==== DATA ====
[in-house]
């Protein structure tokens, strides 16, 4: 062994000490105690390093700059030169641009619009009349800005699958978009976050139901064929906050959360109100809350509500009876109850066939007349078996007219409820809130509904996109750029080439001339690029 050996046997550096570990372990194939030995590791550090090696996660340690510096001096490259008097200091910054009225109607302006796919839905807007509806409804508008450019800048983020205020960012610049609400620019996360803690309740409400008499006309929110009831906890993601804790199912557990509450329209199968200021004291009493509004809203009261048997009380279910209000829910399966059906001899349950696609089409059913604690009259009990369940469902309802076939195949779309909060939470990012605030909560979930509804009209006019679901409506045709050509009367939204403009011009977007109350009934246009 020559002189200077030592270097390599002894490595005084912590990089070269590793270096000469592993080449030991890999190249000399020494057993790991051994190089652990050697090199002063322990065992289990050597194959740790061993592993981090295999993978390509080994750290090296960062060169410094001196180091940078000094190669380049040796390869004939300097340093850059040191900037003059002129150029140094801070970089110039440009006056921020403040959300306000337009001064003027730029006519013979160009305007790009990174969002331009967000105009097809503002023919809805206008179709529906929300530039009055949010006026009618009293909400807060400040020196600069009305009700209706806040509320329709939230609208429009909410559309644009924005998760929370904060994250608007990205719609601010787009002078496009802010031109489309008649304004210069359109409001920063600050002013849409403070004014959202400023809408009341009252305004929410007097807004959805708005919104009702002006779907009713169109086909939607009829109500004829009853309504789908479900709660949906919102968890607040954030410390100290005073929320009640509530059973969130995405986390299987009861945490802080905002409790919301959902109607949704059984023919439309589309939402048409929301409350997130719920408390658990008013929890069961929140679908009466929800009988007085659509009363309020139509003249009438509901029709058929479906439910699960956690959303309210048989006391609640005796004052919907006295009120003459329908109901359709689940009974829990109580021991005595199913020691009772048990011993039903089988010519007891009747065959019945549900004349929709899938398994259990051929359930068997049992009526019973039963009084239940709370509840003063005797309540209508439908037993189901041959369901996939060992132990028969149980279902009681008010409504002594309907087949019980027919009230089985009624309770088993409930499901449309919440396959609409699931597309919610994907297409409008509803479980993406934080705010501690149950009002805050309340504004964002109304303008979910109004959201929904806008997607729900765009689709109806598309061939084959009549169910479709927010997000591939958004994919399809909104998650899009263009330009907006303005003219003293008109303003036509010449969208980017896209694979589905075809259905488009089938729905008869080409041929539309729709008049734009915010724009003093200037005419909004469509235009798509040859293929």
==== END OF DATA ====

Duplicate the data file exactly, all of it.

[in-house]
């Protein structure tokens, strides 16, 4: 062994000490105690390093700059030169641009619009009349800005699958978009976050139901064929906050959360109100809350509500009876109850066939007349078996007219409820809130509904996109750029080439001339690029 050996046997550096570990372990194939030995590791550090090696996660340690510096001096490259008097200091910054009225109607302006796919839905807007509806409804508008450019800048983020205020960012610049609400620019996360803690309740409400008499006309929110009831906890993601804790199912557990509450329209199968200021004291009493509004809203009261048997009380279910209000829910399966059906001899349950696609089409059913604690009259009990369940469902309802076939195949779309909060939470990012605030909560979930509804009209006019679901409506045709050509009367939204403009011009977007109350009934246009 020559002189200077030592270097390599002894490595005084912590990089070269590793270096000469592993080449030991890999190249000399020494057993790991051994190089652990050697090199002063322990065992289990050597194959740790061993592993981090295999993978390509080994750290090296960062060169410094001196180091940078000094190669380049040796390869004939300097340093850059040191900037003059002129150029140094801070970089110039440009006056921020403040959300306000337009001064003027730029006519013979160009305007790009990174969002331009967000105009097809503002023919809805206008179709529906929300530039009055949010006026009618009293909400807060400040020196600069009305009700209706806040509320329709939230609208429009909410559309644009924005998760929370904060994250608007990205719609601010787009002078496009802010031109489309008649304004210069359109409001920063600050002013849409403070004014959202400023809408009341009252305004929410007097807004959805708005919104009702002006779907009713169109086909939607009829109500004829009853309504789908479900709660949906919102968890607040954030410390100290005073929320009640509530059973969130995405986390299987009861945490802080905002409790919301959902109607949704059984023919439309589309939402048409929301409350997130719920408390658990008013929890069961929140679908009466929800009988007085659509009363309020139509003249009438509901029709058929479906439910699960956690959303309210048989006391609640005796004052919907006295009120003459329908109901359709689940009974829990109580021991005595199913020691009772048990011993039903089988010519007891009747065959019945549900004349929709899938398994259990051929359930068997049992009526019973039963009084239940709370509840003063005797309540209508439908037993189901041959369901996939060992132990028969149980279902009681008010409504002594309907087949019980027919009230089985009624309770088993409930499901449309919440396959609409699931597309919610994907297409409008509803479980993406934080705010501690149950009002805050309340504004964002109304303008979910109004959201929904806008997607729900765009689709109806598309061939084959009549169910479709927010997000591939958004994919399809909104998650899009263009330009907006303005003219003293008109303003036509010449969208980017896209694979589905075809259905488009089938729905008869080409041929539309729709008049734009915010724009003093200037005419909004469509235009798509040859293929």